Topeka School readiness. A suitable education. Accountability. Three hot political phrases with many definitions.
Legislators were greeted this session with no fewer than four major proposals for financing, reforming or otherwise improving public education.
After wading through the details, the House Education Committee plans to meet this week to outline its vision.
That vision is likely to be heavy on accountability and to focus on kindergarten through third grade. What is likely to be missing is a tax increase to boost money for existing or expanded programs.
What isn't certain is what defines a suitable education for more than 460,000 Kansans.
"If you don't have a vision or a focus, it doesn't matter how much money you put in the formula," said House Speaker Kent Glasscock, R-Manhattan.
Glasscock formed Education subcommittees to collect more information, get more players involved and create more enthusiasm for reform.
"If we can accomplish the first part, even assessing a vision and coming to any conclusion together what that vision contains, then we merely have to figure out how we're going to fund it," said Rep. Bob Tomlinson, R-Roeland Park, chairman of the finance subcommittee.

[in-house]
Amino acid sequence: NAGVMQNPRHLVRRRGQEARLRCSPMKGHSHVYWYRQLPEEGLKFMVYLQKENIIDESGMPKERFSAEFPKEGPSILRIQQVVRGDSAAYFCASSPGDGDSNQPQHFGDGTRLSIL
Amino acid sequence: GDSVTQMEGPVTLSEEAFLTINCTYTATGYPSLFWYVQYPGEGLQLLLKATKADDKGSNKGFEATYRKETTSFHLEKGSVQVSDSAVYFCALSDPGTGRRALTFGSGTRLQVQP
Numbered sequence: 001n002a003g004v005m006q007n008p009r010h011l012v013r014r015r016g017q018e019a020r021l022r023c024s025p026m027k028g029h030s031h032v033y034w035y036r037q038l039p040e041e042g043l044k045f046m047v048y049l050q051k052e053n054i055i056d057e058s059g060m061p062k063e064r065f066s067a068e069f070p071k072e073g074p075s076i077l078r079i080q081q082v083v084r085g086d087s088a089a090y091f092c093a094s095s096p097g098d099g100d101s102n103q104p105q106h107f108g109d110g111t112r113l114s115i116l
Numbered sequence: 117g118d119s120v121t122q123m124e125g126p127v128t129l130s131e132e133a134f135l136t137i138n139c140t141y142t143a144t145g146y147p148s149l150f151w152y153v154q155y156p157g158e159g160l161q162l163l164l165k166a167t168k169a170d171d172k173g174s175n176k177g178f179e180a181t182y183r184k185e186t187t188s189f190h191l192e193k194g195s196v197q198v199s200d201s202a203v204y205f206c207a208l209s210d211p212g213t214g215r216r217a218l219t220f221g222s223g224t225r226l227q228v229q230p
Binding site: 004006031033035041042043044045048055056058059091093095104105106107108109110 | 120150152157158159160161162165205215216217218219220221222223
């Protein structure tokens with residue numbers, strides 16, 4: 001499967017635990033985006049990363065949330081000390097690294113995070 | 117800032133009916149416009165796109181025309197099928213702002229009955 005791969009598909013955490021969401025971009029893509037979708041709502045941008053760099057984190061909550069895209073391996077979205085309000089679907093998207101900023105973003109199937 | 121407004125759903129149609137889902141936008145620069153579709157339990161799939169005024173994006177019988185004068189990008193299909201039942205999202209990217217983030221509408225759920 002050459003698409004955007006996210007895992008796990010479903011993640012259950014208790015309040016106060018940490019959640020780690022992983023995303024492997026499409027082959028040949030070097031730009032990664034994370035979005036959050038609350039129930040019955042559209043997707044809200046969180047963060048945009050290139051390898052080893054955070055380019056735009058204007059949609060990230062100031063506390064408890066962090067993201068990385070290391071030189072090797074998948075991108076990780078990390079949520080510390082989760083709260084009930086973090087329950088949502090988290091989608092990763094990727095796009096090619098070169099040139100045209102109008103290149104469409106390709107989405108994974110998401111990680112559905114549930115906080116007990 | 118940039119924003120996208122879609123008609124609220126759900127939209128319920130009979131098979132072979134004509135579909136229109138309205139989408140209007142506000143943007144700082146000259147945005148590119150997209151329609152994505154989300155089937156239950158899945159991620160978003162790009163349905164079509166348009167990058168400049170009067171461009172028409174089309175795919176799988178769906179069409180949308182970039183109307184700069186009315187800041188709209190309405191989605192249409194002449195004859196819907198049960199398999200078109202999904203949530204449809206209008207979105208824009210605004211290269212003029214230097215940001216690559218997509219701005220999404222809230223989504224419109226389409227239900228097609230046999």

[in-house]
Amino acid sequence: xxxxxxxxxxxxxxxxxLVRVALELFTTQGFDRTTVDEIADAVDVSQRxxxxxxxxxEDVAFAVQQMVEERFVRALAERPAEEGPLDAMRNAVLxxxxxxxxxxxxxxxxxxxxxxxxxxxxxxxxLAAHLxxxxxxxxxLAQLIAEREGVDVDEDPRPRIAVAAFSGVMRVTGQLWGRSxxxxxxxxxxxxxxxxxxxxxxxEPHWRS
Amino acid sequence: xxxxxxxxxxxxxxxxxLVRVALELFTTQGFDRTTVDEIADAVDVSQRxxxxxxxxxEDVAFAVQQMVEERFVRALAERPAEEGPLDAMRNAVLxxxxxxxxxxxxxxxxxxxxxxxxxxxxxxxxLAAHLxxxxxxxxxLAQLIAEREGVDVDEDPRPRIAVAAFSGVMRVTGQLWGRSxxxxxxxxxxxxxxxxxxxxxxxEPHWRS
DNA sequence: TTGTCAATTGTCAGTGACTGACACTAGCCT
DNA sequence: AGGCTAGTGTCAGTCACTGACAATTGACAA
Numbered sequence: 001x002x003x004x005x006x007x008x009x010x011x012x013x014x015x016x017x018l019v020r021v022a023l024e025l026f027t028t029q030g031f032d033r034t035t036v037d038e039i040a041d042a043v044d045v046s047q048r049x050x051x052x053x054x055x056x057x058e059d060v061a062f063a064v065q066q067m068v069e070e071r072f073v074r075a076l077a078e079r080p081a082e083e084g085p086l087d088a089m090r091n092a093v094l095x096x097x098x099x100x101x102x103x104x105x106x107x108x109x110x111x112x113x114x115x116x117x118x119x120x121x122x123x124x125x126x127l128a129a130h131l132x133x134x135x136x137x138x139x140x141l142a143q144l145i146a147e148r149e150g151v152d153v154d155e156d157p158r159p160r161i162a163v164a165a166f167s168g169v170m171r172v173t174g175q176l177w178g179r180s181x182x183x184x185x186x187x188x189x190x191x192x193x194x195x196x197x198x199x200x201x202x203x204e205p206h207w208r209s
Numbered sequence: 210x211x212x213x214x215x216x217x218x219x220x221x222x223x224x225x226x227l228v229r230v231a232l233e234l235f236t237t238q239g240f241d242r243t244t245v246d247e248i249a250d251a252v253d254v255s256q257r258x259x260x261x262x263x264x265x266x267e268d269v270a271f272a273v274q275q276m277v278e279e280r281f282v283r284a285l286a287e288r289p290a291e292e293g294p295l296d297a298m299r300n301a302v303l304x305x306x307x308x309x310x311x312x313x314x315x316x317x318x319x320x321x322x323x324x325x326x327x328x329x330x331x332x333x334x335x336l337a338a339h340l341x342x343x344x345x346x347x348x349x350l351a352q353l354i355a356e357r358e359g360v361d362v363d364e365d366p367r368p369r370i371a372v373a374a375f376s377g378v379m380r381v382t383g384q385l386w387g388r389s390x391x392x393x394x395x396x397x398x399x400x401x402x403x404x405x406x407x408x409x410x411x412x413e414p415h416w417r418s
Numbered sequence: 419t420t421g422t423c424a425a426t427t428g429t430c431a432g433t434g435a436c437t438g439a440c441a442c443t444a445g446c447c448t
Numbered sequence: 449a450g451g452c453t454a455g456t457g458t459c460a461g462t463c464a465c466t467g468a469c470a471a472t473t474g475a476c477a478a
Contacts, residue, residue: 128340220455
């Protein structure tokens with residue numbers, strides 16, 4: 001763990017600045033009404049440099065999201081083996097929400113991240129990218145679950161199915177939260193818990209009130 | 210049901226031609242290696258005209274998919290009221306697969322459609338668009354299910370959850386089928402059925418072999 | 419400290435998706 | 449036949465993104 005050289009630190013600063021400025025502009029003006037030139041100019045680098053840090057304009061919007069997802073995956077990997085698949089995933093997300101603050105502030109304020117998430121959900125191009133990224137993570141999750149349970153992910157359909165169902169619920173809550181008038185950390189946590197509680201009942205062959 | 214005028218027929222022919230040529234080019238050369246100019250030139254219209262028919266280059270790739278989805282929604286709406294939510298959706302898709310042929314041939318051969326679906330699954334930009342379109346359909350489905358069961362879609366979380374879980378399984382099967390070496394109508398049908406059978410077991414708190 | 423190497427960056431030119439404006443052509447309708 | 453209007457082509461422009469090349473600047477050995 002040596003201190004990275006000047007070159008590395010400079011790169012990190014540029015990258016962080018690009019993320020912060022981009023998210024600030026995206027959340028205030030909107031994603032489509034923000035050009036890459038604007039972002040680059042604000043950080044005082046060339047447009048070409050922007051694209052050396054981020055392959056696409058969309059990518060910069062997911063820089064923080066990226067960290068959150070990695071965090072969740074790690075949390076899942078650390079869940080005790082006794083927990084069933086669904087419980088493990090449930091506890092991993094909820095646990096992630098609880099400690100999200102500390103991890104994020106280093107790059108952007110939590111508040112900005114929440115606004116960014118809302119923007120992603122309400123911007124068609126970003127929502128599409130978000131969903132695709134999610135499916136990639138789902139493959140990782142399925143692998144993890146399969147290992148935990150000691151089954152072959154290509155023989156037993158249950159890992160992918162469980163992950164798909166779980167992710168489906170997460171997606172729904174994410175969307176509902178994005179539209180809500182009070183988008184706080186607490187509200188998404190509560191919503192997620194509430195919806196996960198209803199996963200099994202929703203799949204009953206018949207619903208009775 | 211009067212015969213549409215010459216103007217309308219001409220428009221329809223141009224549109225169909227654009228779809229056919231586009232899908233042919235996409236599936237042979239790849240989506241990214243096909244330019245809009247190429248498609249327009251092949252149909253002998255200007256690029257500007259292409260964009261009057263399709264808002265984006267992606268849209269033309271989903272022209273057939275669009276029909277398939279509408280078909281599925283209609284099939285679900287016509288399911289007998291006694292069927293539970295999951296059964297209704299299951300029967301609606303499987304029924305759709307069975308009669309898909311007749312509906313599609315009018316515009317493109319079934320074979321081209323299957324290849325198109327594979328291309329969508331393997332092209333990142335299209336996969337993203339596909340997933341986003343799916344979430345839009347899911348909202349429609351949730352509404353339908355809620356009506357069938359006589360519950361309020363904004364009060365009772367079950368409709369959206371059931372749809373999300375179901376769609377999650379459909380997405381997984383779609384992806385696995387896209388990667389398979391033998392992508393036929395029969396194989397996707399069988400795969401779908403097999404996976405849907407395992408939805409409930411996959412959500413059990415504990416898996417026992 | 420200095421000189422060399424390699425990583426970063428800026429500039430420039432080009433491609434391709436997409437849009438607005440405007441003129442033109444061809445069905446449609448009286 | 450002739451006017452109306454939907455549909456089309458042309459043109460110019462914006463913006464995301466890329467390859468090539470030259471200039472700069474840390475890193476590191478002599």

A bill drafted by the accountability subcommittee calls for all state agencies with an interest in early childhood education to define school readiness and help create a test to determine a child's abilities upon entering kindergarten.
The same bill would have the Department of Education set a goal that 95 percent of all third-graders be proficient in basic reading, writing and math skills. Local districts would test students and intervene when children aren't performing well enough, including by holding students back.
"When we wait until high school to try to remediate these children it's too late," said Rep. Kathe Lloyd, R-Clay Center, the subcommittee's chairwoman.
The plan proposes a $5,000 bonus to teachers whose students reach the 95 percent skills goal.
In the Senate, 37 members have sponsored a bill putting more money into programs for children considered eventual dropout risks. All districts would use the money to help children master basic reading skills by third grade.
Solving the finance side of the equation is more difficult.
The Senate Education Committee plans hearings Tuesday and Wednesday on the school finance formula, including local option budgets and special education. Under local option, school districts can exceed budgets set by the state by increasing property taxes.
The likelihood of a tax increase isn't strong. Legislators have said little support for raising taxes exists.